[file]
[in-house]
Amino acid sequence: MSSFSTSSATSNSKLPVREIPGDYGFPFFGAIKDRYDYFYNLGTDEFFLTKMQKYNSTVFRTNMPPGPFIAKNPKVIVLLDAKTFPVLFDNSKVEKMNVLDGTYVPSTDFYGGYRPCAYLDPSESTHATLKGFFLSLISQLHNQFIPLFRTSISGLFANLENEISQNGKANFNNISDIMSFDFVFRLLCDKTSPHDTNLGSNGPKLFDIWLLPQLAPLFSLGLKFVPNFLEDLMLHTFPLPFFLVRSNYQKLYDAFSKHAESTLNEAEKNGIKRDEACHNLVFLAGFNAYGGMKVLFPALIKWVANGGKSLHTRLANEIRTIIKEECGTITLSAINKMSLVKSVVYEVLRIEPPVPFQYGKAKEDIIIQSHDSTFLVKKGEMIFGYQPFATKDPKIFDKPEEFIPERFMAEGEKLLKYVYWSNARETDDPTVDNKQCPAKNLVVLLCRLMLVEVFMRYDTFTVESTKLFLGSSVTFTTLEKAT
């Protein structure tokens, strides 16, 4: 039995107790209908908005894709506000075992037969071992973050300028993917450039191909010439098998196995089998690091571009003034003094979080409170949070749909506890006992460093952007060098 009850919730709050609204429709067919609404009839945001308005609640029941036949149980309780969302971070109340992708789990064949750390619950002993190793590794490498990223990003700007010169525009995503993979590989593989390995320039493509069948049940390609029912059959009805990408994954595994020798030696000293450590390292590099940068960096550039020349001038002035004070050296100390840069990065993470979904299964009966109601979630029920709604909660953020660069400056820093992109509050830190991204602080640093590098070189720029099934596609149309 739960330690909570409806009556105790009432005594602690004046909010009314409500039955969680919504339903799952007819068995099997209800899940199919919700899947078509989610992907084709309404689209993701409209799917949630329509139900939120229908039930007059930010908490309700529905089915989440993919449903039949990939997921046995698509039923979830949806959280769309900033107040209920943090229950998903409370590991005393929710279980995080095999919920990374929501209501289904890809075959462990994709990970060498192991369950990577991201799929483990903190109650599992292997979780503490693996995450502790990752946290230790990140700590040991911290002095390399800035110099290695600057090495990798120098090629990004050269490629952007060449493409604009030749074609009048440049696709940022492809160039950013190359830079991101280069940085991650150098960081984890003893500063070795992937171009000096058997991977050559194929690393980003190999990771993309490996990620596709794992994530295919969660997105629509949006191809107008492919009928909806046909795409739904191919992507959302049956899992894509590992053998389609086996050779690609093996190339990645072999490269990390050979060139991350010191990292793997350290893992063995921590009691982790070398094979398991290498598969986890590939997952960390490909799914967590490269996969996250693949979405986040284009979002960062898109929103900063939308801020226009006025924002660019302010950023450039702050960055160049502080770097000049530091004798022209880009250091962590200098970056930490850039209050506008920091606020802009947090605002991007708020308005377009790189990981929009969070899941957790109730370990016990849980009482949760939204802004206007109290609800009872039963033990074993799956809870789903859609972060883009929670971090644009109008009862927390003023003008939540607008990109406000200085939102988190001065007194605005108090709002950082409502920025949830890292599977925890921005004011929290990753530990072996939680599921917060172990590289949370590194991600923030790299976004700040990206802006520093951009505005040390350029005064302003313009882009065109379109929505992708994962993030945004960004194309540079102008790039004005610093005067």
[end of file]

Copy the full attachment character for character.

[in-house]
Amino acid sequence: MSSFSTSSATSNSKLPVREIPGDYGFPFFGAIKDRYDYFYNLGTDEFFLTKMQKYNSTVFRTNMPPGPFIAKNPKVIVLLDAKTFPVLFDNSKVEKMNVLDGTYVPSTDFYGGYRPCAYLDPSESTHATLKGFFLSLISQLHNQFIPLFRTSISGLFANLENEISQNGKANFNNISDIMSFDFVFRLLCDKTSPHDTNLGSNGPKLFDIWLLPQLAPLFSLGLKFVPNFLEDLMLHTFPLPFFLVRSNYQKLYDAFSKHAESTLNEAEKNGIKRDEACHNLVFLAGFNAYGGMKVLFPALIKWVANGGKSLHTRLANEIRTIIKEECGTITLSAINKMSLVKSVVYEVLRIEPPVPFQYGKAKEDIIIQSHDSTFLVKKGEMIFGYQPFATKDPKIFDKPEEFIPERFMAEGEKLLKYVYWSNARETDDPTVDNKQCPAKNLVVLLCRLMLVEVFMRYDTFTVESTKLFLGSSVTFTTLEKAT
């Protein structure tokens, strides 16, 4: 039995107790209908908005894709506000075992037969071992973050300028993917450039191909010439098998196995089998690091571009003034003094979080409170949070749909506890006992460093952007060098 009850919730709050609204429709067919609404009839945001308005609640029941036949149980309780969302971070109340992708789990064949750390619950002993190793590794490498990223990003700007010169525009995503993979590989593989390995320039493509069948049940390609029912059959009805990408994954595994020798030696000293450590390292590099940068960096550039020349001038002035004070050296100390840069990065993470979904299964009966109601979630029920709604909660953020660069400056820093992109509050830190991204602080640093590098070189720029099934596609149309 739960330690909570409806009556105790009432005594602690004046909010009314409500039955969680919504339903799952007819068995099997209800899940199919919700899947078509989610992907084709309404689209993701409209799917949630329509139900939120229908039930007059930010908490309700529905089915989440993919449903039949990939997921046995698509039923979830949806959280769309900033107040209920943090229950998903409370590991005393929710279980995080095999919920990374929501209501289904890809075959462990994709990970060498192991369950990577991201799929483990903190109650599992292997979780503490693996995450502790990752946290230790990140700590040991911290002095390399800035110099290695600057090495990798120098090629990004050269490629952007060449493409604009030749074609009048440049696709940022492809160039950013190359830079991101280069940085991650150098960081984890003893500063070795992937171009000096058997991977050559194929690393980003190999990771993309490996990620596709794992994530295919969660997105629509949006191809107008492919009928909806046909795409739904191919992507959302049956899992894509590992053998389609086996050779690609093996190339990645072999490269990390050979060139991350010191990292793997350290893992063995921590009691982790070398094979398991290498598969986890590939997952960390490909799914967590490269996969996250693949979405986040284009979002960062898109929103900063939308801020226009006025924002660019302010950023450039702050960055160049502080770097000049530091004798022209880009250091962590200098970056930490850039209050506008920091606020802009947090605002991007708020308005377009790189990981929009969070899941957790109730370990016990849980009482949760939204802004206007109290609800009872039963033990074993799956809870789903859609972060883009929670971090644009109008009862927390003023003008939540607008990109406000200085939102988190001065007194605005108090709002950082409502920025949830890292599977925890921005004011929290990753530990072996939680599921917060172990590289949370590194991600923030790299976004700040990206802006520093951009505005040390350029005064302003313009882009065109379109929505992708994962993030945004960004194309540079102008790039004005610093005067």